By Doug Macron
Privately held Ablitech last week announced that it has received a $2 million grant from the US Department of Defense to develop its siRNA delivery technology for the treatment of heterotopic ossification, a condition characterized by painful bone growths following injuries and trauma.
According to Ablitech CEO Ken Malone, the company first approached the DoD's Telemedicine and Advanced Technology Research Center in early 2009 about funding for its delivery technology, dubbed Versadel, as a means to treat cancer, the company's primary area of interest.
The TATRC, however, “requested Ablitech employ Versadel to address the problem of treating bone disorders associated with severe trauma,” he said in a statement.
The Versadel technology involves creating a thin shell by linking a hydrophilic polymer to an oligonucleotide, a characteristic that the company touts as eliminating the possibility of siRNA leakage.
“It's not nano-encapsulation, which tends to be the trend these days,” Malone told Gene Silencing News. He added that Versadel molecules have also been shown to be stable in serum for up to 48 hours.
In 2008, Ablitech received a grant from the National Science Foundation to develop the technology, then called Poly-RNA, for the delivery of siRNAs targeting pancreatic cancer (GSN 7/10/2008). In those experiments, Versadel-delivered siRNAs against the genes KIF and Kras achieved a functional response in cancer cells, according to the company.
In other in vitro studies, Versadel siRNAs were taken up by mouse bladder cancer cells, and knocked down expression of the reported gene LacZ by 57 percent after 96 hours of exposure with no toxicity.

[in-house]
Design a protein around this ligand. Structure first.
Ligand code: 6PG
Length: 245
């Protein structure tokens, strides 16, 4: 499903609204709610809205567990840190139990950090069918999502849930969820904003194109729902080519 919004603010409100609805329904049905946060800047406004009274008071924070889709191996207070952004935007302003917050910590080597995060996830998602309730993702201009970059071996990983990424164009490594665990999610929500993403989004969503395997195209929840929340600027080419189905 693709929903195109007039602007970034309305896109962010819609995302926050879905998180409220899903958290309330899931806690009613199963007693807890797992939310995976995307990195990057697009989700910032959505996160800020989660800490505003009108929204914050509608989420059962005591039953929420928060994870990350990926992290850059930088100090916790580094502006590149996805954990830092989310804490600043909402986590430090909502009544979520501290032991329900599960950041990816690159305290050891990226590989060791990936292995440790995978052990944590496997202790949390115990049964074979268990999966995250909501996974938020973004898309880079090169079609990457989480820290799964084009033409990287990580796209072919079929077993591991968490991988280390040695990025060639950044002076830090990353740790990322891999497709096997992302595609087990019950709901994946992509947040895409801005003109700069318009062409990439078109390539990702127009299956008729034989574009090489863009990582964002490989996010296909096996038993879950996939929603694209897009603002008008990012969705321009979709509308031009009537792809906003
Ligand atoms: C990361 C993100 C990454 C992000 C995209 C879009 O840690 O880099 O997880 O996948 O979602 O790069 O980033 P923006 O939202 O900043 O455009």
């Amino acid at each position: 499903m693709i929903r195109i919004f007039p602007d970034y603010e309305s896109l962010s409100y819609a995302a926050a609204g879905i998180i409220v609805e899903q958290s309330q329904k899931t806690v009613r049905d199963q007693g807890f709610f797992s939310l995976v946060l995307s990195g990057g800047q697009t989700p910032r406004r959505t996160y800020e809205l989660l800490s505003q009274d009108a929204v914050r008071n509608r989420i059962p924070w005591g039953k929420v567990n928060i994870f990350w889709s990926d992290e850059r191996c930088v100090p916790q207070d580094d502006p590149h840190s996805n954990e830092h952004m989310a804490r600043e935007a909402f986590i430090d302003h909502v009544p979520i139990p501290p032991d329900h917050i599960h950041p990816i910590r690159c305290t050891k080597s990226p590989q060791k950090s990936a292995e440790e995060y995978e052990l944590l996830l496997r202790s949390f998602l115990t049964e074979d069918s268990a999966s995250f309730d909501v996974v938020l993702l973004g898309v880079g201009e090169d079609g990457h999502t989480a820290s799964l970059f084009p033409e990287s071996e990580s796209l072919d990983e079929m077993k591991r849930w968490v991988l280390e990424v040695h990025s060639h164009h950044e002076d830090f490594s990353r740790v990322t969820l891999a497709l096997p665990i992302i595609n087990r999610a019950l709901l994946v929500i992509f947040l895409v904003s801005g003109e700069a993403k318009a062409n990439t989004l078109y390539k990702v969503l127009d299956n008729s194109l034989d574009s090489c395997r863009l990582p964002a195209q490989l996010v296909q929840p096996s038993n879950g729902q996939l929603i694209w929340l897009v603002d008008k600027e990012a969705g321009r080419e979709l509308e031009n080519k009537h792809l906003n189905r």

With these findings and the funding from the DoD, Ablitech is now advancing into in vivo testing in heterotopic ossification.
Malone said that there are a handful of targets for the condition that have been identified by other groups, and Ablitech is currently contacting oligo providers about obtaining siRNAs against them. “We're taking those payloads and doing our modification and seeing if we can't get them to deliver properly,” he said.
About a year ago, researchers from Peking University reported that siRNAs against Runt-related protein 2 and Smad4, which are involved in osteoblast differentiation, inhibited heterotopic ossification in rats. In 2006, the same group published data pointing to Runx2 as a target for RNAi intervention in the condition.
He told Gene Silencing News that these two targets are “of high interest.”
“We would hope that at the end of this grant, we would have minimal efficacy data” in rodents, Malone said. “That will position us to raise money to go into more extensive animal studies across a much broader range of diseases.”
Malone said that Ablitech's key in-house focus is on oncology, especially bladder cancer, which would involve local delivery via catheter and therefore sidestep the technological hurdles currently facing systemically delivered siRNA drugs.
“While we think our technology is the answer for systemic [delivery], we're pretty rational about the timeframe of getting there,” he said. “So things that [involve] direct delivery are a high priority for us.”
Heterotopic ossification, he noted, would also be addressed using siRNAs administered to the target site.
“We would take this polymer shell we put on an siRNA and [adjust its] hydrophobicity so it stays local,” he said, adding that while the military applications of such a treatment would primarily be amputations, it would also be useful for treating the bone growths that sometime occur as a result of knee and hip replacement procedures.
The DoD grant is set to run for one year, but includes a possible extension period, so Malone expects the work on heterotopic ossification to run for about a year and a half, at which point Ablitech is expected to have generated sufficient in vivo data to woo an industry partner interested in either partnering on the heterotopic ossification or cancer programs, or using the Versadel technology within its own RNAi programs.
“We've been out and spoken to almost everybody that is involved in RNAi,” he said. “The pretty clear response is, 'Hey, let's see some animal data before we jump in.' Our view is to develop animal data and [then] … to do some licensing deals.”
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